Dead Cross emerged out of a series of impractical schemes, fallenthrough plans, and last-minute musical experimentation. Shows were scheduled before a single song was written, fans were formed before even one show was played. The chaos of its creation seems apt – after all, the band is comprised entirely of artists who have thrived playing tightly-coiled turmoil. Consisting of Dave Lombardo, Justin Pearson, Michael Crain, and Mike Patton, the impressive, expansive, and eclectic list of prior bands collectively played in would be enough to ensure the unyielding ferocity of the music – but Dead Cross stands on its own, speaks volumes with its multilayered evil-genius vocals, manic guitar riffs, and brutal rhythms. “’Grave Slave’ is S&M for your ears,” says Lombardo. “Patton’s vocal range and intensity are on full blast throughout this entire album. This song is a two-minute example of what it’s like to travel through the depths of his brain while JP, Crain and myself commandeer the vehicle. It’s jarring, aggressive and unsettling. We’re coming at you hardcore, but leaving you with a kiss.” ¶ “A track like this only makes complete sense in this climate... absurdity, pigs, neo-fascist authoritarianism... the American dream is alive and well.”




Since 2008, the pride of Bowling Green, KY, Cage The Elephant, has been releasing high quality rock and roll that bridge the gap between a peculiar strain of backwoods American punk and the bigchorused Mad-For-It ladcore inspired by British rock titans, Oasis. But after four albums of channeling their profound electricity in the studio, thought the time was right to attempt something in the opposite direction. Cage The Elephant’s new live album Unpeeled was recorded over a series of intimate shows in cities including Los Angeles, Washington DC, Knoxville, and Nashville where the band performed in a stripped-down arrangement with a string quartet and additional percussion. Unpeeled features 21-tracks: 18 curated songs from their past four albums plus three re-imagined versions of existing songs. Said frontman  Matt Shultz about the inspiration behind the double live release: “Many times you›re adding sonic layers looking for something to hide behind, and what you don›t realize is that that vulnerability and that nakedness might be the most compelling and interesting thing about the song.” Unpeeled is a new way of hearing – and falling in love – with this exceptional band.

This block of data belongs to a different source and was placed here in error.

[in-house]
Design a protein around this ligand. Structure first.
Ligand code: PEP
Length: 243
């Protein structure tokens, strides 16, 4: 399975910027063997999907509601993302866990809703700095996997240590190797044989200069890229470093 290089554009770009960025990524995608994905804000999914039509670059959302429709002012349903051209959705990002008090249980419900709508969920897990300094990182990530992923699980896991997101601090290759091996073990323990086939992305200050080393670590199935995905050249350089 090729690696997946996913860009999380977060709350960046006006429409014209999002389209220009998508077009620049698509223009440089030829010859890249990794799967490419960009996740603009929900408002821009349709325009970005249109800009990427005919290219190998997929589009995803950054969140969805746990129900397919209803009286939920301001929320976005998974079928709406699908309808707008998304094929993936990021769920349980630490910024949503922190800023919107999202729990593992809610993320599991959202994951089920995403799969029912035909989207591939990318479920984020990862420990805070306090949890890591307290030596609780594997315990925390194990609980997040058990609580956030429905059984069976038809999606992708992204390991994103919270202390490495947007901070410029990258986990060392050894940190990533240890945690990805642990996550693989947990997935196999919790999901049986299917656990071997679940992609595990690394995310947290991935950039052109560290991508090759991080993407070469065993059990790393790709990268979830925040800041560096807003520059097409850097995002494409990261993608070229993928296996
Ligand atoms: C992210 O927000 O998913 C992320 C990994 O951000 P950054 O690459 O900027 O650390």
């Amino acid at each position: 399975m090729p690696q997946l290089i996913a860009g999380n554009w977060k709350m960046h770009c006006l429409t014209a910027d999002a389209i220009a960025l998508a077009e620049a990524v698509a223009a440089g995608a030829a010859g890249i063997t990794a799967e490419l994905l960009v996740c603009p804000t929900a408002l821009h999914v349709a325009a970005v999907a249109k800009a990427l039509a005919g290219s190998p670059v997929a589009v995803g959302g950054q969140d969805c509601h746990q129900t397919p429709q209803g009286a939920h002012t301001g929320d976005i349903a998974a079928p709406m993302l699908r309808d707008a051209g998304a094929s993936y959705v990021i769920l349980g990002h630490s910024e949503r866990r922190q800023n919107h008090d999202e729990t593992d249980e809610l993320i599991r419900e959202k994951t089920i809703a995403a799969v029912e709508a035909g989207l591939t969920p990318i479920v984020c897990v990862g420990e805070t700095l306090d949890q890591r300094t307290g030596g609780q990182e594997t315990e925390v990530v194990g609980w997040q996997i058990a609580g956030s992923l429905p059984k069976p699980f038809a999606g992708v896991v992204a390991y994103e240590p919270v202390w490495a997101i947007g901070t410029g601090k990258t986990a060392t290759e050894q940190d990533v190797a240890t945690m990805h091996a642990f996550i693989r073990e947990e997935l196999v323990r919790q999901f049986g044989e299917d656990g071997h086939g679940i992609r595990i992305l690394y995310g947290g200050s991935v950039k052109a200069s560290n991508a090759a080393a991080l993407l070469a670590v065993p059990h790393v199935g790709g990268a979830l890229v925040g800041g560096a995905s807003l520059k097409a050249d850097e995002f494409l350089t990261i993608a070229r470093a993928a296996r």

The thing that people forget about the early 90s is the proliferation of slappy bass (What have you wrought Red Hot Chili Peppers?!?). Ugly Kid Joe. fIREHOSE. Fishbone. Faith No More. Fuck, even Fugazi did it. Maybe it was a political statement. Maybe it was just for The Funk. But for a quartet of Pennsylvania youths it was a mode of spiritual expression. Live existed as a “college rock” cover band before they started developing their own material, so it was natural that they would weave the different threads of “weird kid” music into their own tapestry. Ever ambitious, they stood on the shoulders of giants – U2, R.E.M., the Chili Peppers – and threw in a strange, yearning spirituality into the mix. They also had an aversion to shirts. A regular presence at CBGB’s, Live – the vowel is long – earned a reputation worthy of their name. It wouldn’t be long before Jerry Harrison of Talking Heads would take them under his wing and produce their debut album, Mental Jewelry – which turns 25 this year – and with it comes a deluxe version of the album, which has been lovingly remastered (the bass pops more than ever) and benefits from a generous ample of bonus material, including a full concert from The Roxy in Los Angeles that, once again, finds the band living up to its name.






Soccer Mommy is the project of Sophie Allison – a 19-year-old Nashville DIY artist, recording her own songs and releasing them online. Collection compiles the best of those songs as well as a few new songs, written, mixed and produced herself. The songs portray an artist fully-formed, mature far beyond her age singing about toxic relationships, infatuations, and all the experiences of being a teenage girl. Or, as Sophie describes her subject matter, “crush stuff with a hint of bad to it.” There’s a playfulness to the music that belies the sophisticated nature of the songcraft. The songs can be sweet, they can be happily melancholic or melancholically happy, but they always cut deep. They belong on playlists and mixes, to be shared among friends and belted out during road trips. These perfect pop gems have power. “Allison,” a gorgeous meditation on the bittersweet feeling of hurting someone you love while pursuing your own dreams, showcases Sophie’s talent for home recording, with multi-tracked vocals layered to perfection while the relatable and anthemic “Out Worn,” strikes the perfect balance between anger and sugary pop bliss – two great tastes that taste great together. In fact, all of Collection is a treat.